How many politicians does it take to reform entitlements and cut spending? This is not the beginning of a lightbulb joke. Some very respectable people on both sides of the aisle have been waving their hands in the air saying: "Hey, look what's coming!" And our politicians quibble over a billion here and a billion there.

Choose your metaphor. Fiscal tsunami. Entitlement conflagration. Debt cancer. Iceberg. Whatever. It's big and it's no black swan. It's a white, Mothra-sized beast coming to destroy Washington. And when it finishes with Washington it will take out the rest of the economy. America will become, at best, a third-rate country. 

Now they're playing shutdown chicken over chicken-feed?

Here's the venerable Erskine Bowles testifying before some somnambulant committee or other.

As far back as 2007, David Walker was jumping up and down about it. He even made a documentary:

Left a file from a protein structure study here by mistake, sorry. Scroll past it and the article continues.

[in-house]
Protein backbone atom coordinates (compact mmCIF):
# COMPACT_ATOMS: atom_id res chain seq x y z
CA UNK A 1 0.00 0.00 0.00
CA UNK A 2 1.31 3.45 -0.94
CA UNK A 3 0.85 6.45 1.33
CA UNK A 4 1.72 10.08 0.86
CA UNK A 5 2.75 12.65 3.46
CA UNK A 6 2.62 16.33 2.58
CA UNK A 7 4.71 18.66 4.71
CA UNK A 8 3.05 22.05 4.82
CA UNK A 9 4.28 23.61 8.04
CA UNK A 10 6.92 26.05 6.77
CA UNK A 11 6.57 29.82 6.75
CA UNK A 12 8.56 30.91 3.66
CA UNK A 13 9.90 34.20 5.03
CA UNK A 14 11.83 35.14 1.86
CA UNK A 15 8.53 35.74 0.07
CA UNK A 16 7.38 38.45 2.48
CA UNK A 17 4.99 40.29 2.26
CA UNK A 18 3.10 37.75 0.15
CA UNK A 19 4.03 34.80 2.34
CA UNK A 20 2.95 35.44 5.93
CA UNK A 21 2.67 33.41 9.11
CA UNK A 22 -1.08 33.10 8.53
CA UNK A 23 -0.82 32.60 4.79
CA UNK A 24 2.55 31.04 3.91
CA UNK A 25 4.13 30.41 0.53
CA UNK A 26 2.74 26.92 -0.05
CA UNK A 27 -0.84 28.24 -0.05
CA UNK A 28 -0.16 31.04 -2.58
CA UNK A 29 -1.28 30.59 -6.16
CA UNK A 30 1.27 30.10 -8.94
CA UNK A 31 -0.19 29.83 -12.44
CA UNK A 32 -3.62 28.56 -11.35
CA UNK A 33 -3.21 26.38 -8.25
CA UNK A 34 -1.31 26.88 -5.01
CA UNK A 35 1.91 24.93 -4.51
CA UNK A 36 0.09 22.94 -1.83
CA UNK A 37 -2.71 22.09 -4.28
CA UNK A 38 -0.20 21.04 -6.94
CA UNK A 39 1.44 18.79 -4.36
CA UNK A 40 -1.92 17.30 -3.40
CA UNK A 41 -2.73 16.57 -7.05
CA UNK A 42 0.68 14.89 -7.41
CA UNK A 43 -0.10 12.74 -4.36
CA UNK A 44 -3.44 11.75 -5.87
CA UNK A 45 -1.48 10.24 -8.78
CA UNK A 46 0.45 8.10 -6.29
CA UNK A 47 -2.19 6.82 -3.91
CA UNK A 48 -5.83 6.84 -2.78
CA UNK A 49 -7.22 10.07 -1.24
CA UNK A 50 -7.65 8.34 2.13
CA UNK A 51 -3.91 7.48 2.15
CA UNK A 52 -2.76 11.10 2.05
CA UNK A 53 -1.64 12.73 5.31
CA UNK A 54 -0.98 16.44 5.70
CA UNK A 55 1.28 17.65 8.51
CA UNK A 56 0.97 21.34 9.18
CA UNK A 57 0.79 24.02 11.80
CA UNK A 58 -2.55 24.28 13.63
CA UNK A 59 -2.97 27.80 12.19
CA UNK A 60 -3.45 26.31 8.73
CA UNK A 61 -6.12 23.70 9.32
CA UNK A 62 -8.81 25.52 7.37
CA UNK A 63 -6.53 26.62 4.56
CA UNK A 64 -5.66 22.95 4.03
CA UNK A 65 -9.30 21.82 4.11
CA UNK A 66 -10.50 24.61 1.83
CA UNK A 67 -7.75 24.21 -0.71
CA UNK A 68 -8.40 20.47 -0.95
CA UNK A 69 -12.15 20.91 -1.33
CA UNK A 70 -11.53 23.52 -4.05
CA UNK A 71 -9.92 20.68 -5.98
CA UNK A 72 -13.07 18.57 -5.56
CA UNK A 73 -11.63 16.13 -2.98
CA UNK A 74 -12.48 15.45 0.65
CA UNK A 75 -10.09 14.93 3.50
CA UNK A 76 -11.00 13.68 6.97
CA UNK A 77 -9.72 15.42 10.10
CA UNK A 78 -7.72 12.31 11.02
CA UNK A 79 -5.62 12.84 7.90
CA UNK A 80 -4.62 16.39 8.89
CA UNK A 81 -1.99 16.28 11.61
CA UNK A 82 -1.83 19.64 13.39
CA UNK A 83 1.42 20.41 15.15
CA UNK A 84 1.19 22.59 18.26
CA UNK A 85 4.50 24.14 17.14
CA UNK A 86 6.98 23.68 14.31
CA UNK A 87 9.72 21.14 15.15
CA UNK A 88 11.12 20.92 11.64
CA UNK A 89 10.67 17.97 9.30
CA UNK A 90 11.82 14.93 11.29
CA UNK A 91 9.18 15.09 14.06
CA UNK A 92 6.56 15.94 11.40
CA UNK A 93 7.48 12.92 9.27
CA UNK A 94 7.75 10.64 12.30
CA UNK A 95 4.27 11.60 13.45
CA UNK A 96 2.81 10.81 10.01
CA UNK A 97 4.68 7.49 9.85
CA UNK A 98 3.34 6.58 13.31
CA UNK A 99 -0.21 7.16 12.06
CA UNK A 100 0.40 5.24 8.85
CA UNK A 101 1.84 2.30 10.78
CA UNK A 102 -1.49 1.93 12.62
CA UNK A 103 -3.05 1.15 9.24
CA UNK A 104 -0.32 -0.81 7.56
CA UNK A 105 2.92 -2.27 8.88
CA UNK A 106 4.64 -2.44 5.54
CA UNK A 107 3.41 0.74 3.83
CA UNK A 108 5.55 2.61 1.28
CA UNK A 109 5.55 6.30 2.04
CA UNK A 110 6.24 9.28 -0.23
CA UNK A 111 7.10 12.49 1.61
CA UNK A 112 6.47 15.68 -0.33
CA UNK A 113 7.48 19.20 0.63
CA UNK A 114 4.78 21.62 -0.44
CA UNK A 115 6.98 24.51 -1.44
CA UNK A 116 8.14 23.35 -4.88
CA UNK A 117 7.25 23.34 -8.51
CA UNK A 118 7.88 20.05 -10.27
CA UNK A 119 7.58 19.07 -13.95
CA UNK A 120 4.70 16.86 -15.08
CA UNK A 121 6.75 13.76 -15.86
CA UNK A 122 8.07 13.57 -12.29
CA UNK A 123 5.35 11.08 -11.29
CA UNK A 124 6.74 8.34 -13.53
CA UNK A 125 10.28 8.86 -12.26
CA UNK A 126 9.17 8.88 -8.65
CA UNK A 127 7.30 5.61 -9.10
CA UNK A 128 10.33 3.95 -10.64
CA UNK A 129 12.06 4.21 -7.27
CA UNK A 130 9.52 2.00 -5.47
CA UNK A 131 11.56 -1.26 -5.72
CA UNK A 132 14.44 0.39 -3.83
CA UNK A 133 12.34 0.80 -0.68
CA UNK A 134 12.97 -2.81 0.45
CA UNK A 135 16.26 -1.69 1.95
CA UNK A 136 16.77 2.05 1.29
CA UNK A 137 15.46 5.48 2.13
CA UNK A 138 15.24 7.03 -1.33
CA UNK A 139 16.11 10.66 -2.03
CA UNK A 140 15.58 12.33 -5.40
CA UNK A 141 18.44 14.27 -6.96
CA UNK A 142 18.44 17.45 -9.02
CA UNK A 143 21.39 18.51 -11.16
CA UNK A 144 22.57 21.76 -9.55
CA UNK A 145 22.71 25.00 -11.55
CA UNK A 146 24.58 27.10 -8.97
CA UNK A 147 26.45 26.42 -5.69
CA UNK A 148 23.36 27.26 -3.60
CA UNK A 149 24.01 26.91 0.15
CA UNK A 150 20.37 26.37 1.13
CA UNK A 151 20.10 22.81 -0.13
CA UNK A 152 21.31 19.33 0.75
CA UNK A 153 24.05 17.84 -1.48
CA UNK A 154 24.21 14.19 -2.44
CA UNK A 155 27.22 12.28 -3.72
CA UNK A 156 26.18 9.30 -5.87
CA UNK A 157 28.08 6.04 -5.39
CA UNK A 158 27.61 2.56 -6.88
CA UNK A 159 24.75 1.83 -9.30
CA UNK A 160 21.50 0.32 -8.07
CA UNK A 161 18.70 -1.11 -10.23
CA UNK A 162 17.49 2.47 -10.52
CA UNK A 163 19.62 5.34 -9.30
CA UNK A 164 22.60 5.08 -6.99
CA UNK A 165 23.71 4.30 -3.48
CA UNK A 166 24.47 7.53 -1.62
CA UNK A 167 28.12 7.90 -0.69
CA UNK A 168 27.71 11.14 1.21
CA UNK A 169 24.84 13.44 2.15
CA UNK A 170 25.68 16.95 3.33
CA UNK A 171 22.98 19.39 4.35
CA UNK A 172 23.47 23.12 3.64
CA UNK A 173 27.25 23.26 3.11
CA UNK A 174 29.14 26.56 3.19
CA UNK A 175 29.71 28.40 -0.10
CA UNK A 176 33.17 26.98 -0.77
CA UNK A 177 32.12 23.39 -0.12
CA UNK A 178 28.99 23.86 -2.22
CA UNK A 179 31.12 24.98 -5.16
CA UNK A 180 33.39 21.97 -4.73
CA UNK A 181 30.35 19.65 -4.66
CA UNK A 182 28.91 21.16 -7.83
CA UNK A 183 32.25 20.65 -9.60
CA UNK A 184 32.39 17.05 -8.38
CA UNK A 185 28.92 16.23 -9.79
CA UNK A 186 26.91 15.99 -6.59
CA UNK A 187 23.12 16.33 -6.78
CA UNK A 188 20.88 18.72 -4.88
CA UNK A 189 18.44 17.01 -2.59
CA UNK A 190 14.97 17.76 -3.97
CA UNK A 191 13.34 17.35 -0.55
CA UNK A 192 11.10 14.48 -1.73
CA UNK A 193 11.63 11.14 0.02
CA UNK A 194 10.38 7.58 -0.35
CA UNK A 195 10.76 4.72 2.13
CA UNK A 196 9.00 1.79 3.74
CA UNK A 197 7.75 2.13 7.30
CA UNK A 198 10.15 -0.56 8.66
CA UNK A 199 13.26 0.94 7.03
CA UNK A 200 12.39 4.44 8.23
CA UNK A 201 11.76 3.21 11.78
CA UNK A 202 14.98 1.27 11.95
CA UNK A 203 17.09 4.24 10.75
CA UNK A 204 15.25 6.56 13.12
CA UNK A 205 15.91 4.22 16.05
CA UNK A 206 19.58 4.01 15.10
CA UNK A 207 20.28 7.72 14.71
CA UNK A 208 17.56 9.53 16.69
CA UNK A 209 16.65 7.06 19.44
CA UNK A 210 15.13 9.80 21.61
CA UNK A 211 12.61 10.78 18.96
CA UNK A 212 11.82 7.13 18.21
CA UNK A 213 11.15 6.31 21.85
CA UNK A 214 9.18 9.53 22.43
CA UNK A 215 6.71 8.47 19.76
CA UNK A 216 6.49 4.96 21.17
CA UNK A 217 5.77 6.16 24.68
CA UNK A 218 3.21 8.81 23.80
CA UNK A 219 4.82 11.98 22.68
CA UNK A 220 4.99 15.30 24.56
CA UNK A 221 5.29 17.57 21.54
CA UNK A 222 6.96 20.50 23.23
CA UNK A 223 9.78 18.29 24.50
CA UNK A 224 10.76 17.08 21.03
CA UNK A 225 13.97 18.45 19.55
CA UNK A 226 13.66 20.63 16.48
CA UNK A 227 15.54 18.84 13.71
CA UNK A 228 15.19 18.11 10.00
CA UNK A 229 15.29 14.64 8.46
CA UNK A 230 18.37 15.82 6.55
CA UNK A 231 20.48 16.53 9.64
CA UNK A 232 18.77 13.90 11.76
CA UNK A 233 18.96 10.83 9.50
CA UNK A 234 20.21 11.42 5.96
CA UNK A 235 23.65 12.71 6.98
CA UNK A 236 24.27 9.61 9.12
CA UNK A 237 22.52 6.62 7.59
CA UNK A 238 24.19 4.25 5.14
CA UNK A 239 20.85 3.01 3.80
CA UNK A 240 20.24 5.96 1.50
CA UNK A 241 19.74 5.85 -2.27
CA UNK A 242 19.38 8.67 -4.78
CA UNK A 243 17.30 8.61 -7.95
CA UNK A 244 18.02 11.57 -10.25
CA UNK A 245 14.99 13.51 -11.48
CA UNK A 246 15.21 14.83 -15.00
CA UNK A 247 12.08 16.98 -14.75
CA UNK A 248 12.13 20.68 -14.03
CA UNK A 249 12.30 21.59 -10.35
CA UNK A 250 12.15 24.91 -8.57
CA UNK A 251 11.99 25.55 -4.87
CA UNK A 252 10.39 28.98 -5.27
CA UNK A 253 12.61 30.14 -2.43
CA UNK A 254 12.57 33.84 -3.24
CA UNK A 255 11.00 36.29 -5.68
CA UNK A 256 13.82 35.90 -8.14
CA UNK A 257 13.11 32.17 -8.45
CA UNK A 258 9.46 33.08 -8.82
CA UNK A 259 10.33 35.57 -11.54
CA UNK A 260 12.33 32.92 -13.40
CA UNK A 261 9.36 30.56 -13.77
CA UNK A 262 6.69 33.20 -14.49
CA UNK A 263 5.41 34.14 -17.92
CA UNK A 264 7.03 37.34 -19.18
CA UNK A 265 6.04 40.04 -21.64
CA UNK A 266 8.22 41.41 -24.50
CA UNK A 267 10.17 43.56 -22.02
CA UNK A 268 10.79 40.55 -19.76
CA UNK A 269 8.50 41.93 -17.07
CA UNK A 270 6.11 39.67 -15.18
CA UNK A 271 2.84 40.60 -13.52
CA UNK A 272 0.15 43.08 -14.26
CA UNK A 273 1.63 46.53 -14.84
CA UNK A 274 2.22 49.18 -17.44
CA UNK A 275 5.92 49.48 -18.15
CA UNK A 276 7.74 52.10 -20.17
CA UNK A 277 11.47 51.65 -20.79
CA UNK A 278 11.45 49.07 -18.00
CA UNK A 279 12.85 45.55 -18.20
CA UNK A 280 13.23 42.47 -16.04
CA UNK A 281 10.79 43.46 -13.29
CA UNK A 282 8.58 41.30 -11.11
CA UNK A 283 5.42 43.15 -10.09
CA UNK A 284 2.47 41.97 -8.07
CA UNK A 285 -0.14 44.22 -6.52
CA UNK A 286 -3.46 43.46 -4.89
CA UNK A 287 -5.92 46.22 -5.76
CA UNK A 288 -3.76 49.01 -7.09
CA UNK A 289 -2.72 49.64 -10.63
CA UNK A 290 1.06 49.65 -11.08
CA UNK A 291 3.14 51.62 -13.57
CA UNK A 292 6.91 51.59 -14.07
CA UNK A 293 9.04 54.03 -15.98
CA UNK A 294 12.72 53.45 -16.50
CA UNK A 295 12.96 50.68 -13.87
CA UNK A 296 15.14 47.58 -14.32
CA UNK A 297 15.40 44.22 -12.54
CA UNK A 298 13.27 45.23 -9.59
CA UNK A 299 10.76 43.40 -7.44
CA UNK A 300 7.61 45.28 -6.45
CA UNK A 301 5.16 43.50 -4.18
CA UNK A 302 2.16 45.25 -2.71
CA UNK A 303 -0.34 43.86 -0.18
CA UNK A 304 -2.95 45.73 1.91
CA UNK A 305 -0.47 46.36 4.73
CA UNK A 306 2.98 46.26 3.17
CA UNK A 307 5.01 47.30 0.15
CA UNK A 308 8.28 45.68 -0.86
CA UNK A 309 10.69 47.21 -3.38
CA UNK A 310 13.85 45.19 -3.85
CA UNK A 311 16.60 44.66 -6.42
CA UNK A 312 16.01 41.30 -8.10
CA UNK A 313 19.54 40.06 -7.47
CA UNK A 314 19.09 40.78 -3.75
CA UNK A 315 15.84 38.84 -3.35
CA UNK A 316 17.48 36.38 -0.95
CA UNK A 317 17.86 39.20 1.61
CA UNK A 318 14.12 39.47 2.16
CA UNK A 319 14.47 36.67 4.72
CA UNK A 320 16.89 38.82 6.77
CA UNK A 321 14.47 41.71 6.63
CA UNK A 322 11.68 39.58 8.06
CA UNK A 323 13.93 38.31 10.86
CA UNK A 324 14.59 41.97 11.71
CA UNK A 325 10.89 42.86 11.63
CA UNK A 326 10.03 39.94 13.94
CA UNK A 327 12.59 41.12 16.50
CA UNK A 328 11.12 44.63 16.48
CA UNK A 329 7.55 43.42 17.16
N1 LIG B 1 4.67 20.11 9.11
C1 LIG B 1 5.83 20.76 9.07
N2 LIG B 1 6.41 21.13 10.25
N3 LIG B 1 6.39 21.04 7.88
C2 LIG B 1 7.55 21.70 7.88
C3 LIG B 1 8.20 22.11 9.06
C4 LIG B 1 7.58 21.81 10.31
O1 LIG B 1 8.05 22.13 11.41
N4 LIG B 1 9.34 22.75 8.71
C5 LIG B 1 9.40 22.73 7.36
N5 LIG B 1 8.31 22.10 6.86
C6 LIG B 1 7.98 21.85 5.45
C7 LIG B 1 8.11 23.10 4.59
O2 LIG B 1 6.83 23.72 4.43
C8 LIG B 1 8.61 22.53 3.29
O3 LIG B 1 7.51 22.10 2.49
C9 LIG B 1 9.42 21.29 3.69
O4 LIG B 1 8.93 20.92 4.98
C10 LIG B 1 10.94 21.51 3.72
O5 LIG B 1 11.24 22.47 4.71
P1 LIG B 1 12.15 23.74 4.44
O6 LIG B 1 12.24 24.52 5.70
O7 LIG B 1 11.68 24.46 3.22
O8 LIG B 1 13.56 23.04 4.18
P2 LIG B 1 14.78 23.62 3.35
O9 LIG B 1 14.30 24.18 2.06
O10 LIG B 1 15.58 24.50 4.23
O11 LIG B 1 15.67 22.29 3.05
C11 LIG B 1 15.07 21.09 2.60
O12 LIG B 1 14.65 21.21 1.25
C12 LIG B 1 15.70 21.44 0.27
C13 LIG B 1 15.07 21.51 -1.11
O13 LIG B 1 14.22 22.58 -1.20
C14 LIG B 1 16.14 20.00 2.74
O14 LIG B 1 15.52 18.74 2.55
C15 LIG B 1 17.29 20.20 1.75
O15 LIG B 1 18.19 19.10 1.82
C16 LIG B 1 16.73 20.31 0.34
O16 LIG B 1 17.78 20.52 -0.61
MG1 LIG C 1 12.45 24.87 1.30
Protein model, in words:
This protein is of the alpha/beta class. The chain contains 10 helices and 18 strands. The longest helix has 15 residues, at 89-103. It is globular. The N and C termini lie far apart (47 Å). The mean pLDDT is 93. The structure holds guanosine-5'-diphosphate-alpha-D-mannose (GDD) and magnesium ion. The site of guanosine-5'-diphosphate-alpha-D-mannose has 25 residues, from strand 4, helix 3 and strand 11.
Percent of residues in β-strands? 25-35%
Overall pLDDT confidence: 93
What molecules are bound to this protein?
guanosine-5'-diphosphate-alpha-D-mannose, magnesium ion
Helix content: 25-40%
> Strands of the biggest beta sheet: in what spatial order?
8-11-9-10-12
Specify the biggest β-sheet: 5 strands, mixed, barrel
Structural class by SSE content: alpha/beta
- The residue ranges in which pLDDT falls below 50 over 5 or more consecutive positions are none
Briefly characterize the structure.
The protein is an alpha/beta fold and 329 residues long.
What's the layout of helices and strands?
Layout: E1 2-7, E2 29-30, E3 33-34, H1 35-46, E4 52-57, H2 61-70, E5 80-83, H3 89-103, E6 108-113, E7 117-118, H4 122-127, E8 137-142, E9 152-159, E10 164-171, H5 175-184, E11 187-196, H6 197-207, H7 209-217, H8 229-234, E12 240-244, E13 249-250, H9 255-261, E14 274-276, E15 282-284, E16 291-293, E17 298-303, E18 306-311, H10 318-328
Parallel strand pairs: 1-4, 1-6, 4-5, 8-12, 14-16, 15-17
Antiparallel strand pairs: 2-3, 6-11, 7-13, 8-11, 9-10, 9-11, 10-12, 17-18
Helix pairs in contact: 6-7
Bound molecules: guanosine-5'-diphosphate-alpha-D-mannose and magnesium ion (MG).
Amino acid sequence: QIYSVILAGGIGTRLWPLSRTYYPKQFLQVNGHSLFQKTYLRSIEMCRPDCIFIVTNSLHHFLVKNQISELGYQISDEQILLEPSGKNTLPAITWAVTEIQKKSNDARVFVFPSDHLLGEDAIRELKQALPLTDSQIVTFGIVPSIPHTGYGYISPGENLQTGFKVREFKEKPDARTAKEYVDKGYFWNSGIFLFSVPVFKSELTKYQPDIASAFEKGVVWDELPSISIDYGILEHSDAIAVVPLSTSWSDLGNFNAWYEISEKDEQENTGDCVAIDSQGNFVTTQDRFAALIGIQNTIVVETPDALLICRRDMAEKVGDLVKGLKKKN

Now, if that weren't enough, John Shoven and George Shultz wrote a book about it:

And as recently as yesterday, Rep. Paul Ryan was waving his hands:

We could watch video after video of people -- from both parties and in good faith -- warning us about the problems ahead. Unfortunately, Washington politicians are short-sighted. They want to punt and punt and punt. Are they afraid the geriatric lobby will kick them off the Hill? Or are they concerned that if they cut spending, that means cutting bureaucrats, which would add to the unemployment roles as an election year approaches? 

Whatever their crude calculations, we've got to punish them -- not for failing to protect short-term government goodies, but for failing to protect our children and grandchildren from our own generation's profligacy. Framed that way, even the AARP lobby might be ready for reform. It's going to take guts. And, as much as I hate the cliche -- bipartisan support. 

Is it going to take calamity to force action?

Max Borders is a writer living in Austin. He blogs at Ideas Matter.